Born: Nov. 23, 1221, Toledo, Spain
Died: April 4, 1284, Seville, Spain
Alfonso X, King of Castille, Leon, and Galicia, was appropriately nicknamed “El Sabio” (the Wise). His 32-year reign in Spain was a time of artistic and intellectual advances, in an atmosphere of religious tolerance and cooperation. Here are a four reasons why this wise King of Medieval Spain was a Renaissance man ahead of his time:
1. As a poet and musician, Alfonso contributed to the poetry, music, notation, and codification of the beautiful Cantigas de Santa Maria (“Canticles of Holy Mary”). No minor achievement, this was one of the largest collections of monophonic solo songs of the Middle Ages. 430 poems, written in the lyrical language of Galician-Portuguese, were notated with music, encompassing elements of secular as well as religious music. The Cantigas included the miracles of Mary, hymns, folklore, and Marian festivities, which helped humanize the Holy Mother and engender a moral code of ethics.
Hear Alfonso’s Cantiga “Porque Trobar”:
2. As an intellectual, Alfonso established Castilian as the vernacular language of learning, replacing Latin. A shared language contributed to scientific and cultural advances during his reign, where Christian, Jewish, and Islamic scholars cooperated in an atmosphere of religious tolerance.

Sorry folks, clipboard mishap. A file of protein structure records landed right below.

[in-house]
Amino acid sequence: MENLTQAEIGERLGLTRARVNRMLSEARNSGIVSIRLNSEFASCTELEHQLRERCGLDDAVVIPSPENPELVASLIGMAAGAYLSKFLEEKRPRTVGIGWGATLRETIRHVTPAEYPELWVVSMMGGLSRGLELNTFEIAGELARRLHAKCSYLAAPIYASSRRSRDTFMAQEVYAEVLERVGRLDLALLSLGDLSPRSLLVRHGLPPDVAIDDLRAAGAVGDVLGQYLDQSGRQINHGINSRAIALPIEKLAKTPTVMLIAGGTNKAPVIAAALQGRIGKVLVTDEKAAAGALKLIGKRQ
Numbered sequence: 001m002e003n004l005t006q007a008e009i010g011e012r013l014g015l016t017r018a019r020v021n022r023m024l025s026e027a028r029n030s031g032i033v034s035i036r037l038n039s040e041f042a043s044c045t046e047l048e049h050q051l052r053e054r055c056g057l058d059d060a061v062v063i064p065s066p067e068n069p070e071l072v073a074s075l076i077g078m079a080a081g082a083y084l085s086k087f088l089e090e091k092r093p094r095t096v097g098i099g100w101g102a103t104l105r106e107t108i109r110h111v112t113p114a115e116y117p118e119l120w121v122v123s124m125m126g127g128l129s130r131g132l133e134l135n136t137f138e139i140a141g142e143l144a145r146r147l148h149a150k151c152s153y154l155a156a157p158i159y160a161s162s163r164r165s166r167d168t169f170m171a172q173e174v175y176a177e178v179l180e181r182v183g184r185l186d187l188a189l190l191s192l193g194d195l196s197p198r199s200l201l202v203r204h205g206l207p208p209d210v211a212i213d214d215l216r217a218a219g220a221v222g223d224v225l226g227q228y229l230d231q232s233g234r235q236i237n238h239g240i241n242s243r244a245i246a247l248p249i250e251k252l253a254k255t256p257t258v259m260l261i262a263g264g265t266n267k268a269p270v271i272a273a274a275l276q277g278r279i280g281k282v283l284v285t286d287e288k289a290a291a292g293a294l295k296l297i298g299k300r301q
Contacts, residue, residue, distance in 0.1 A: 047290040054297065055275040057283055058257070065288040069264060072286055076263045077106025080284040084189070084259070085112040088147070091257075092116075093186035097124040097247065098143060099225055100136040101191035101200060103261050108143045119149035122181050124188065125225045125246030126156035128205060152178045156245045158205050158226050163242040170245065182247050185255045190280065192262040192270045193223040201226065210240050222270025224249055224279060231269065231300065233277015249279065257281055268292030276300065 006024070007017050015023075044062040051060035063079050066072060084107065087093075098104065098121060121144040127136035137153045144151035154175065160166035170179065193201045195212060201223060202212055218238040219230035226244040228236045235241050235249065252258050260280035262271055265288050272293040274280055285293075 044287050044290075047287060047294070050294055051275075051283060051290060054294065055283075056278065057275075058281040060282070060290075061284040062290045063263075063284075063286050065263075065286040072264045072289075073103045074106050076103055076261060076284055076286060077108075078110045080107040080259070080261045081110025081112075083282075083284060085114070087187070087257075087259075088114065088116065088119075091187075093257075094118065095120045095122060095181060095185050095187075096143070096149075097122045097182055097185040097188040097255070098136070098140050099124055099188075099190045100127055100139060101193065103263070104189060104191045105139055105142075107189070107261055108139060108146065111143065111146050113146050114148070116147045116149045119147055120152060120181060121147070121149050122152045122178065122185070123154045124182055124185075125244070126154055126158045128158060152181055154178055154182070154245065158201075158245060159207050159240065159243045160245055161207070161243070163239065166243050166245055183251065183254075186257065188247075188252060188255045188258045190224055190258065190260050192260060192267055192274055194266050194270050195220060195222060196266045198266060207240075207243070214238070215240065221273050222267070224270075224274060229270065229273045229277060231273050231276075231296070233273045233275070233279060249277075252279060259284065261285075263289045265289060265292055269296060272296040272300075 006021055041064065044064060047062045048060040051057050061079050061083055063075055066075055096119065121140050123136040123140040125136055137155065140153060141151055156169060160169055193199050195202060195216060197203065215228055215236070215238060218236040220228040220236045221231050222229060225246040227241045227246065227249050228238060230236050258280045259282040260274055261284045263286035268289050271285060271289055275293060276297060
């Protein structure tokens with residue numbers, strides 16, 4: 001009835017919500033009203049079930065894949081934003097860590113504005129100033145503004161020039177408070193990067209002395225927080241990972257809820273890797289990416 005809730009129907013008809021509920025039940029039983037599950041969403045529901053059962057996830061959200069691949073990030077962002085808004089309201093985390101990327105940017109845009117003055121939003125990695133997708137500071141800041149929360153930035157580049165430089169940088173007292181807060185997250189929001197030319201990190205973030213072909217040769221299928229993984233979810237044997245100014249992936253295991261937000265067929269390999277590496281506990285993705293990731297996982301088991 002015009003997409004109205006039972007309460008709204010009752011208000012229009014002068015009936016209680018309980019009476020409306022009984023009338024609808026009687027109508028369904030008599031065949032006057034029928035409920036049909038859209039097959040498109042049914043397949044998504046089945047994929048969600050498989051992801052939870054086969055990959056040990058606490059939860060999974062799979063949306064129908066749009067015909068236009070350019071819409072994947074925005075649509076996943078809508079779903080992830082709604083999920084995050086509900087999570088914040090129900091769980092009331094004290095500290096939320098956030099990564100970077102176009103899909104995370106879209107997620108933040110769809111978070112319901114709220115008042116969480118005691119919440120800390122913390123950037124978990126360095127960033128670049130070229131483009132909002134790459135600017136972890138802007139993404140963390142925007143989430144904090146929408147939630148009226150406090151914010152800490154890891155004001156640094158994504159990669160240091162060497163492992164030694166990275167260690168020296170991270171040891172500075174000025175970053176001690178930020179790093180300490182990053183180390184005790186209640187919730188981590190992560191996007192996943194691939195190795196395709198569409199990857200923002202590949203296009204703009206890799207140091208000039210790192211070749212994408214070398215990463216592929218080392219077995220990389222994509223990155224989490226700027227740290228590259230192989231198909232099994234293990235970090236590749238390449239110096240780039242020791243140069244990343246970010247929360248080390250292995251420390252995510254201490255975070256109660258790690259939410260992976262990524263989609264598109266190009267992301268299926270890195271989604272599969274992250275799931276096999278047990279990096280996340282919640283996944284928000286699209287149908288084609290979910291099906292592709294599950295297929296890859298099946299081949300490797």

3. As a scientist, Alfonso encouraged astronomy. He established the Toledo School of Translators to translate the latest works of Islamic astronomy, which led to the creation of the Alphonsine Table of astronomical data. His love of astronomy and discovery were immortalized when a crater on the moon was named for him.
4. As a lawgiver, Alfonso was the author of the Royal Code of laws, Europe’s most advanced code of laws at that time, and was the originator of Spanish jurisprudence. For these achievements, he is honored as one of history’s 23 Lawgivers who are honored with marble medallions in the U.S. House of Representatives.
5. As a lover of games, he had The Book of Games translated from Arabic into Castilian. He also wrote one of the first Western treatises on the game of Chess.